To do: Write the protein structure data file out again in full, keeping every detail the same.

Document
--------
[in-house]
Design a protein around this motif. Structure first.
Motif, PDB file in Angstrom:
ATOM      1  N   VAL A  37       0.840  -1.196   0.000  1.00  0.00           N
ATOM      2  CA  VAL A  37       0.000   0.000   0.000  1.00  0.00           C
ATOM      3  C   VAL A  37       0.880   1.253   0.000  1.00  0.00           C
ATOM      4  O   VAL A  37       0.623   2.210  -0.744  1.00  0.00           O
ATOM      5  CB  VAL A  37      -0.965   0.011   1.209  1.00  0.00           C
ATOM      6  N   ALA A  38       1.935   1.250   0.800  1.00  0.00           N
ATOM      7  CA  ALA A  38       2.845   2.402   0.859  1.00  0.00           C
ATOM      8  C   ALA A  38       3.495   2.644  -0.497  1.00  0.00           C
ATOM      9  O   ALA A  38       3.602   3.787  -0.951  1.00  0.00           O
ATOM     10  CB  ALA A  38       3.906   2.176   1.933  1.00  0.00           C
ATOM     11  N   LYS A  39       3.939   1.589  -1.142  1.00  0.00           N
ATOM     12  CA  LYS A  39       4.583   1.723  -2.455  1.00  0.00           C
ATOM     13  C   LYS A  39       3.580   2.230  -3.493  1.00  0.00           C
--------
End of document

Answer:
[in-house]
Design a protein around this motif. Structure first.
Motif, PDB file in Angstrom:
ATOM      1  N   VAL A  37       0.840  -1.196   0.000  1.00  0.00           N
ATOM      2  CA  VAL A  37       0.000   0.000   0.000  1.00  0.00           C
ATOM      3  C   VAL A  37       0.880   1.253   0.000  1.00  0.00           C
ATOM      4  O   VAL A  37       0.623   2.210  -0.744  1.00  0.00           O
ATOM      5  CB  VAL A  37      -0.965   0.011   1.209  1.00  0.00           C
ATOM      6  N   ALA A  38       1.935   1.250   0.800  1.00  0.00           N
ATOM      7  CA  ALA A  38       2.845   2.402   0.859  1.00  0.00           C
ATOM      8  C   ALA A  38       3.495   2.644  -0.497  1.00  0.00           C
ATOM      9  O   ALA A  38       3.602   3.787  -0.951  1.00  0.00           O
ATOM     10  CB  ALA A  38       3.906   2.176   1.933  1.00  0.00           C
ATOM     11  N   LYS A  39       3.939   1.589  -1.142  1.00  0.00           N
ATOM     12  CA  LYS A  39       4.583   1.723  -2.455  1.00  0.00           C
ATOM     13  C   LYS A  39       3.580   2.230  -3.493  1.00  0.00           C